Whatever router boots up first, becomes the DR. If R1 had OSPF up and running before R2, it will be the DR as there isn't any preemption under OSPF. You would have to clear ospf process on both routers at the same time so R2 can regain DR status.
When the router boots up and OSPF is activated on an interface, it queries all OSPF speaking devices in a LAN for DR/BDR status. If none exists, it assume the DR role. A second router boots up on that same LAN and do the same, will find the current DR running on that segment and will assume the BDR role regardless of its OSPF priority and|or RouterID.
There is no preemption under OSPF, in other words, the second router won't take over the first router's assignment.
For that reason, if you want to ensure a router will always be the DR of a segment, you must change the OSPF priority on this router to 255 and all other routers to 0 so they won't participate on the election - regardless when they were booted up.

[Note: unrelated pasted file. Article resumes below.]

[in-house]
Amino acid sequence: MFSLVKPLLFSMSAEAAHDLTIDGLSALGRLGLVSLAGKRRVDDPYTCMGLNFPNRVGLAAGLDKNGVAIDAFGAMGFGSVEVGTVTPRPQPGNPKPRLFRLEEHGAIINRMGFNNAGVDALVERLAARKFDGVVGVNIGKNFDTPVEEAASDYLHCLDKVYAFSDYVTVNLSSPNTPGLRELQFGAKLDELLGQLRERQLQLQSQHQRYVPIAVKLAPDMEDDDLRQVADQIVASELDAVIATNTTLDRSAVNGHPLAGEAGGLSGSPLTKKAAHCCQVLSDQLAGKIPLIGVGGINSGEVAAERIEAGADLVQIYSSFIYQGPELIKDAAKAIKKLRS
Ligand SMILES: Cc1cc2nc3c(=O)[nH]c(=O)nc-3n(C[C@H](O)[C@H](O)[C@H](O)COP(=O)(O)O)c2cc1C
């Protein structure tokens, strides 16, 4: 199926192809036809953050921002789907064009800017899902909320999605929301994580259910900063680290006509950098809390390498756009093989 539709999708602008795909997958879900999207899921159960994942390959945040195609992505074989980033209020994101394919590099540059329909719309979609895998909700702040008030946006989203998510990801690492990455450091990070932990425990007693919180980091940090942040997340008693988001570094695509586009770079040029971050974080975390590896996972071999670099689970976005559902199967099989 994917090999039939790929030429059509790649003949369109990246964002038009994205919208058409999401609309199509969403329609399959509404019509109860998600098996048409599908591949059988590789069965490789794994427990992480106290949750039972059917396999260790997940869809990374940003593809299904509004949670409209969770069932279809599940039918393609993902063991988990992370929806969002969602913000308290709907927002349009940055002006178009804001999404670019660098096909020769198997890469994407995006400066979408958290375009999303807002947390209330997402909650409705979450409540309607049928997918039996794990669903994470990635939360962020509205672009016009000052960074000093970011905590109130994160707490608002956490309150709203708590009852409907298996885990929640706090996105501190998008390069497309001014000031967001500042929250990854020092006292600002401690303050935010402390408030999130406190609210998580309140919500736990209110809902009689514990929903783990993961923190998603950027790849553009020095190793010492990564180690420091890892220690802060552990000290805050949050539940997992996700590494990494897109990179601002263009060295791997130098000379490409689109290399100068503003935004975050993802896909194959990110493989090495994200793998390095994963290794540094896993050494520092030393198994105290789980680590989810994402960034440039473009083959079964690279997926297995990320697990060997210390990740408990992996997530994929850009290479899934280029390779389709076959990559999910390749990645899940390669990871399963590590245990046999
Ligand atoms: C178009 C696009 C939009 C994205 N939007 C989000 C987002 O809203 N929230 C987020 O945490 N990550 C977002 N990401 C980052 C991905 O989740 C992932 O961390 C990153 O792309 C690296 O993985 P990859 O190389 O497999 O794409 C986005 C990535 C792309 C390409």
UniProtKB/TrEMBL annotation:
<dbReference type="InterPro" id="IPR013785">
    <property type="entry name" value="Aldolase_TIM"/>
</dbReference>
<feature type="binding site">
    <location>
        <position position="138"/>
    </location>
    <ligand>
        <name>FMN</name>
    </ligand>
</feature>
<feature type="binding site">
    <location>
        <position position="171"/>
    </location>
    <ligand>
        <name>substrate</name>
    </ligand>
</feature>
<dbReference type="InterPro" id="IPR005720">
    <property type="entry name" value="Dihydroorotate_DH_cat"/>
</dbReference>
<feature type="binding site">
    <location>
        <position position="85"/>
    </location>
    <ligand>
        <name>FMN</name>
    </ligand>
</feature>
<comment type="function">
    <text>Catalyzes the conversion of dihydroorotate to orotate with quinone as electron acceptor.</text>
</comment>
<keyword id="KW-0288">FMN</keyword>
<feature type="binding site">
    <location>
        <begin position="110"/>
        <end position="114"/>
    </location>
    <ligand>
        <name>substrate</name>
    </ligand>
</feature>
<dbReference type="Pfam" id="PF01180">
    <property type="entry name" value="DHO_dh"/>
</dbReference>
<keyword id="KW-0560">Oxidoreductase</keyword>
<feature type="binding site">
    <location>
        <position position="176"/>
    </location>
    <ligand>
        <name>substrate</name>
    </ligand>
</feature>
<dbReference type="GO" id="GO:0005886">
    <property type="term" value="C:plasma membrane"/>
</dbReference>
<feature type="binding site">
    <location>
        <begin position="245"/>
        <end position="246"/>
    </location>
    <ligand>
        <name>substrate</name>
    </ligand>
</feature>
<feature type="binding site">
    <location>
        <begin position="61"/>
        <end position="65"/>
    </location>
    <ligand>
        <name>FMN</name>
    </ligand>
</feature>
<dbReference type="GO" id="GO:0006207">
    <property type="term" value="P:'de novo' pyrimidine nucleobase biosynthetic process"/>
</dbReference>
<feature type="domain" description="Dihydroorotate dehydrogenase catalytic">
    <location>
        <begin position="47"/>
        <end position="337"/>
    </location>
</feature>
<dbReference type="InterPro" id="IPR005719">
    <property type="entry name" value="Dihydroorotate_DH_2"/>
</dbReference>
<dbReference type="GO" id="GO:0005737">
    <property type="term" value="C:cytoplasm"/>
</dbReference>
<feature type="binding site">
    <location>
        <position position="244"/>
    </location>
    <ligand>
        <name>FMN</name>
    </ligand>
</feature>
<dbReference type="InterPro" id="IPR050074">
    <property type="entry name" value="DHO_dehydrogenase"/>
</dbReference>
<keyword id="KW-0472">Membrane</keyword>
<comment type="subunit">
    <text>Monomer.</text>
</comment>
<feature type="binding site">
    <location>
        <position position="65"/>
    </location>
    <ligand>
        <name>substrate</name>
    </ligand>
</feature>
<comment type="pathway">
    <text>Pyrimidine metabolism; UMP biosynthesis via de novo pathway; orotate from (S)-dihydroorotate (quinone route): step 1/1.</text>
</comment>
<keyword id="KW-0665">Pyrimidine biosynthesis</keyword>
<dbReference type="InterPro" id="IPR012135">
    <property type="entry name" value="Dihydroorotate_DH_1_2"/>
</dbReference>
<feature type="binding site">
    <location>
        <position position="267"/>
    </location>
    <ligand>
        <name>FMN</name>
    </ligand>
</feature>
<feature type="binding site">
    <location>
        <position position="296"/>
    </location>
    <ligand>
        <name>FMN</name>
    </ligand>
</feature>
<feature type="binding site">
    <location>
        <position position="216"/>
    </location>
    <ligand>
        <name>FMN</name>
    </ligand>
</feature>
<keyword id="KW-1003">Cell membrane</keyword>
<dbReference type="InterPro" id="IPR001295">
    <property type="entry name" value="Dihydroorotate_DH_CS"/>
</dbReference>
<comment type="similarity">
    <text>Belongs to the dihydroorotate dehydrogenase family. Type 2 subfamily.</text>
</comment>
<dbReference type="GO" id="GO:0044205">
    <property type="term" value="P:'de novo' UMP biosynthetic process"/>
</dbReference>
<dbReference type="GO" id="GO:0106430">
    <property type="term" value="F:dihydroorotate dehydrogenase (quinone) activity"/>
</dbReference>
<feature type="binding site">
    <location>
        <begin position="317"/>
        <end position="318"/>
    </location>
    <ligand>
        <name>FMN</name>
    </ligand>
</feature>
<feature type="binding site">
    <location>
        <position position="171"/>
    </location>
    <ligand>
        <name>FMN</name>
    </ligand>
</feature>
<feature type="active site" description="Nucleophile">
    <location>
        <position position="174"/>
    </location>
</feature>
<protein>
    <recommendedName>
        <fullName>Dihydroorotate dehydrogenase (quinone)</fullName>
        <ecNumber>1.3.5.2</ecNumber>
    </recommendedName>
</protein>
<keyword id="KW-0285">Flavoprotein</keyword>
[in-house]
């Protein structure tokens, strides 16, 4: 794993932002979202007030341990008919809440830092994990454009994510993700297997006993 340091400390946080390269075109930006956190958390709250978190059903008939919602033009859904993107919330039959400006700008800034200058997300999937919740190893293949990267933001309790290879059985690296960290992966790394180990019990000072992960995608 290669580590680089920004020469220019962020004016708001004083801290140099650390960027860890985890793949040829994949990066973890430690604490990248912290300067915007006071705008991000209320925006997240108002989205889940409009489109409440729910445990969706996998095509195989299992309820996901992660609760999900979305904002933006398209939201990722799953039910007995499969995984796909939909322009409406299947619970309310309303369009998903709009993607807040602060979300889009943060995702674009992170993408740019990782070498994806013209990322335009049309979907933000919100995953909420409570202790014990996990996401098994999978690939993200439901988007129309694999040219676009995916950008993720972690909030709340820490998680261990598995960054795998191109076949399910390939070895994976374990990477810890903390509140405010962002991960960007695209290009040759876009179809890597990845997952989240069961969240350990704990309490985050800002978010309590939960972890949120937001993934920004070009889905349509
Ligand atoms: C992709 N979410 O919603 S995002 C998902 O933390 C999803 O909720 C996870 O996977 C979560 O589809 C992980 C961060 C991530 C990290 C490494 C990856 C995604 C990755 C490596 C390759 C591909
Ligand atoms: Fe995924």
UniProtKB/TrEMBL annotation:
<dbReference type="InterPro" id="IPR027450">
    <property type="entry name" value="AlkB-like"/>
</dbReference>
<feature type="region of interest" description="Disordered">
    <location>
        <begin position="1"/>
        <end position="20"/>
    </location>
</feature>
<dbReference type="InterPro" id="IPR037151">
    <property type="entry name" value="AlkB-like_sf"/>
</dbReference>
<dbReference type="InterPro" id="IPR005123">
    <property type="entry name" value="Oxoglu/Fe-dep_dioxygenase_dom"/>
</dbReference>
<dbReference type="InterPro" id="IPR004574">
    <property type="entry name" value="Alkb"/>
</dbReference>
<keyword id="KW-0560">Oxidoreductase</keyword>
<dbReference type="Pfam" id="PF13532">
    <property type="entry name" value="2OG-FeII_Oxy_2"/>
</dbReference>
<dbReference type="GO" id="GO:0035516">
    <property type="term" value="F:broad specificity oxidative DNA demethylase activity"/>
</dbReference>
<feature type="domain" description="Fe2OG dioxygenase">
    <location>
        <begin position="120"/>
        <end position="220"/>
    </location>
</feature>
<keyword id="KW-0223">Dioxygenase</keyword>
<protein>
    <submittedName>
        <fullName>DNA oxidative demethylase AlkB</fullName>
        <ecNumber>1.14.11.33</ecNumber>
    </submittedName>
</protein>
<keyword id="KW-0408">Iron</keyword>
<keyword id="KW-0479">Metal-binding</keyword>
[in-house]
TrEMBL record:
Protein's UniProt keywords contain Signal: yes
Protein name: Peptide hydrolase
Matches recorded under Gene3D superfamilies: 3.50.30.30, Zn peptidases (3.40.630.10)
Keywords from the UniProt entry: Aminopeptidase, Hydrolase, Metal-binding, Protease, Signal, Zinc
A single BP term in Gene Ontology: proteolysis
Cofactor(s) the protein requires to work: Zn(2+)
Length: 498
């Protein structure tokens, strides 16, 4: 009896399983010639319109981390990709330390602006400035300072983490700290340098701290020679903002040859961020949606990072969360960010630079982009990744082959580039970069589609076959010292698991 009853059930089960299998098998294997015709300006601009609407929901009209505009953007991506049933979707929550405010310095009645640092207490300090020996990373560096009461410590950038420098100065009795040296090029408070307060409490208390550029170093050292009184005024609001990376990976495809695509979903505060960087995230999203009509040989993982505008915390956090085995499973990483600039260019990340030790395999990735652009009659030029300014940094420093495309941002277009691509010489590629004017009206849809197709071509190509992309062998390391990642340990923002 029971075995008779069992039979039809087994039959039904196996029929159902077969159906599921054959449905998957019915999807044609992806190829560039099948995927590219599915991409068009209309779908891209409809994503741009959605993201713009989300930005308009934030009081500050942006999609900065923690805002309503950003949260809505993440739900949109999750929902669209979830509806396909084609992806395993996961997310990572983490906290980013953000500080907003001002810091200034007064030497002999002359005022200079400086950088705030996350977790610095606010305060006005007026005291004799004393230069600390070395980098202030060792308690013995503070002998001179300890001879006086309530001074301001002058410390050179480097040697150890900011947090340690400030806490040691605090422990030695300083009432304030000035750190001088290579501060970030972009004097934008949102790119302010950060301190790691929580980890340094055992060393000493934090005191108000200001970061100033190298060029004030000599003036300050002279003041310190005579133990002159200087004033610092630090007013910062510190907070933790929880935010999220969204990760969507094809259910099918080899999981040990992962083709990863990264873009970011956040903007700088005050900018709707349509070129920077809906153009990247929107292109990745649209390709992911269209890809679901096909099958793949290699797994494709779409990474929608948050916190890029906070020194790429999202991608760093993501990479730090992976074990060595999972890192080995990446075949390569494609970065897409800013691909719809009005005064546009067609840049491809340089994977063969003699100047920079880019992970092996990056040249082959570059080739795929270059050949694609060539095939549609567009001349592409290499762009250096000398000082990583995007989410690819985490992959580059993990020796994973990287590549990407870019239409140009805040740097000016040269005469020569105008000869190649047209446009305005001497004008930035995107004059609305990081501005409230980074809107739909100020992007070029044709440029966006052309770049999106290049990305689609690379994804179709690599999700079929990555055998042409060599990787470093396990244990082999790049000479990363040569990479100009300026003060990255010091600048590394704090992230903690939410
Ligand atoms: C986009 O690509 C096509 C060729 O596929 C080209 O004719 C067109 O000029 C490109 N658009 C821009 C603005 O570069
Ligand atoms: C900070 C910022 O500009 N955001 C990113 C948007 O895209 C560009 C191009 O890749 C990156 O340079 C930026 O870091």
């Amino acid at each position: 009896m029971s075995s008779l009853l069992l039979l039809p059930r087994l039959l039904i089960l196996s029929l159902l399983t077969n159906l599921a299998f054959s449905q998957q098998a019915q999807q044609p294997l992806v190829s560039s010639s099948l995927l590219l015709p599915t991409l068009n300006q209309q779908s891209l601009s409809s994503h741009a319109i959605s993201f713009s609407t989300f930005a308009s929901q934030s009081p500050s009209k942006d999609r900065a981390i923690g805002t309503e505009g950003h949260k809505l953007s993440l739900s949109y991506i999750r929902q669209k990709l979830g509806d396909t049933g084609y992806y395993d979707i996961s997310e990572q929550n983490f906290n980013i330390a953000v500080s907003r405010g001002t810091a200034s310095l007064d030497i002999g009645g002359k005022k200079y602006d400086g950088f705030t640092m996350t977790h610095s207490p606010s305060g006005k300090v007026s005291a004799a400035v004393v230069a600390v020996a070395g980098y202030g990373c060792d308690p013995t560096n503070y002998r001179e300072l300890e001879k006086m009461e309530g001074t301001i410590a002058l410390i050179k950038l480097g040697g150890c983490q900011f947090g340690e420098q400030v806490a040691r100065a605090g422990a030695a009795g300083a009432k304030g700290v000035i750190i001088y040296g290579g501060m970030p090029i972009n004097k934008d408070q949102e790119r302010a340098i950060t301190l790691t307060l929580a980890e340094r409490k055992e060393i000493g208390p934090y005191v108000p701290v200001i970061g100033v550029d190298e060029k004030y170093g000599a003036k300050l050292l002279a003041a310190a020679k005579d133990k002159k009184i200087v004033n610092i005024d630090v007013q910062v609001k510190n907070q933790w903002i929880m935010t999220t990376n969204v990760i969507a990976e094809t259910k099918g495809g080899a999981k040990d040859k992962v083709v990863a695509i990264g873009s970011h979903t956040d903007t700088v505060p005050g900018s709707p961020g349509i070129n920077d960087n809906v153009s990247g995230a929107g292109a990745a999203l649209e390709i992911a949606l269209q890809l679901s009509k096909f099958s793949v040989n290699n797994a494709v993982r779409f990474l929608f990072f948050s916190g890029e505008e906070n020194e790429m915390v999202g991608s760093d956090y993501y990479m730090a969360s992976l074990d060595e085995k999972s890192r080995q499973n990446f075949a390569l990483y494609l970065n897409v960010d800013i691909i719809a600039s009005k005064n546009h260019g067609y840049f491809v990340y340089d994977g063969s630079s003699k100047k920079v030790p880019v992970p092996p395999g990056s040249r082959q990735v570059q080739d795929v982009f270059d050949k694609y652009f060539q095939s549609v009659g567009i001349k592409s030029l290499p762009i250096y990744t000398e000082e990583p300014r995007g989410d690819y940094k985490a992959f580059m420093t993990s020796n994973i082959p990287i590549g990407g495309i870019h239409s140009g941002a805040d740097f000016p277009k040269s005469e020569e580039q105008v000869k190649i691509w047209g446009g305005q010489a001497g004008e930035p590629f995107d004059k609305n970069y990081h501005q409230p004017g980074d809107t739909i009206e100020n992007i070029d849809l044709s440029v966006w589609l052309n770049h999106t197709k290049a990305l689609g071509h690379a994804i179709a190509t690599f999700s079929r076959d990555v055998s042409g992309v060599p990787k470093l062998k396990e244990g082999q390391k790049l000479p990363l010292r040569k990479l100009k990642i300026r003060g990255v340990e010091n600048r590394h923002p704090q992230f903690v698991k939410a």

This is actually a pretty cool feature, i didn't even know it existed until I was looking for a solution to advertise a subnet (prefix in BGP talk), only if a certain condition existed. This is exactly what conditional advertisements does
j ai une question j ai achete un routeur cisco 887VA-k9 , je le configuré avec la configuration ci- dessous
si je le lier avec mon pc portable sur l un de ses ports directement ça marche toute est bien ( la connexion internet + m...
Attached policy provides CLI access to the Cisco 4G router over text messaging. Two files are in the attached .tar file:
2. PDF with instructions on how to load and use the .tcl file.